Descartes stands at a turning-point in the history of philosophy. The old philosophy of Aristotle had lost its credibility, and the new philosophies of the Renaissance, planned to replace it, turned out to be dead ends. It was Descartes, with such contemporaries as Hobbes and Gassendi, who staked out the road leading, past many further twists and forks, to the philosophy and science of today.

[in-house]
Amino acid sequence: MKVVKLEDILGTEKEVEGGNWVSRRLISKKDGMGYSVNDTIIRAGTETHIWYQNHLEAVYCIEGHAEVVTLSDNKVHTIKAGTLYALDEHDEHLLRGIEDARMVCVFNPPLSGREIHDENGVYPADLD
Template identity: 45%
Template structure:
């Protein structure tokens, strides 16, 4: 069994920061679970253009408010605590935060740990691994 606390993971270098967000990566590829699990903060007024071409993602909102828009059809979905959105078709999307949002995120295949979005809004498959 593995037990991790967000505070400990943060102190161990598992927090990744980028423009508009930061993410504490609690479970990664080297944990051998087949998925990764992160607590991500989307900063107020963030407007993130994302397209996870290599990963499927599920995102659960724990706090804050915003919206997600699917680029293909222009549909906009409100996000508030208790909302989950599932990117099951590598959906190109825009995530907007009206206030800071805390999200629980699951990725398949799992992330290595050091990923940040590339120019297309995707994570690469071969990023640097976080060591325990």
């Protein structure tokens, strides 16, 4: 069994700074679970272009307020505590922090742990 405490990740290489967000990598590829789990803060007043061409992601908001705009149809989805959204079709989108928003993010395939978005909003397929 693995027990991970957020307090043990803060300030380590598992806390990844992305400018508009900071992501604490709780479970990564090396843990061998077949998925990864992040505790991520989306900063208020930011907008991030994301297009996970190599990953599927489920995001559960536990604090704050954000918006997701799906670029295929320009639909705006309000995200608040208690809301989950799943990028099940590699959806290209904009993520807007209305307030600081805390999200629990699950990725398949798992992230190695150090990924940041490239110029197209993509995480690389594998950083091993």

In these circumstances it is natural for modern philosophers to turn back to look at Descartes. Much good interpretive work has been done, and often it has been concerned to compare Descartes' philosophy with the philosophies of his contemporaries and predecessors. Especially in France, which has devoted itself most intensely to the study of its national hero, scholars have investigated the continuity or discontinuity of Descartes' thought with earlier philosophy, particularly in the scholastic and Augustinian traditions. By setting Descartes' thought in relation to these earlier traditions, these scholars have tried to clarify the origin and nature of modern philosophy as such, and of its complicated relations to science and to religion. Both because of his historical importance and because of his intrinsic merit, Descartes is an ideal case study for anyone who wishes to assess the extent of constancy and change, of harmony and disharmony in the history of philosophy; for anyone who wishes to see how far an old philosophy can survive and how much it can contribute in a new scientific or religious setting; and for anyone who wishes to draw a moral for the present and future of traditional philosophy.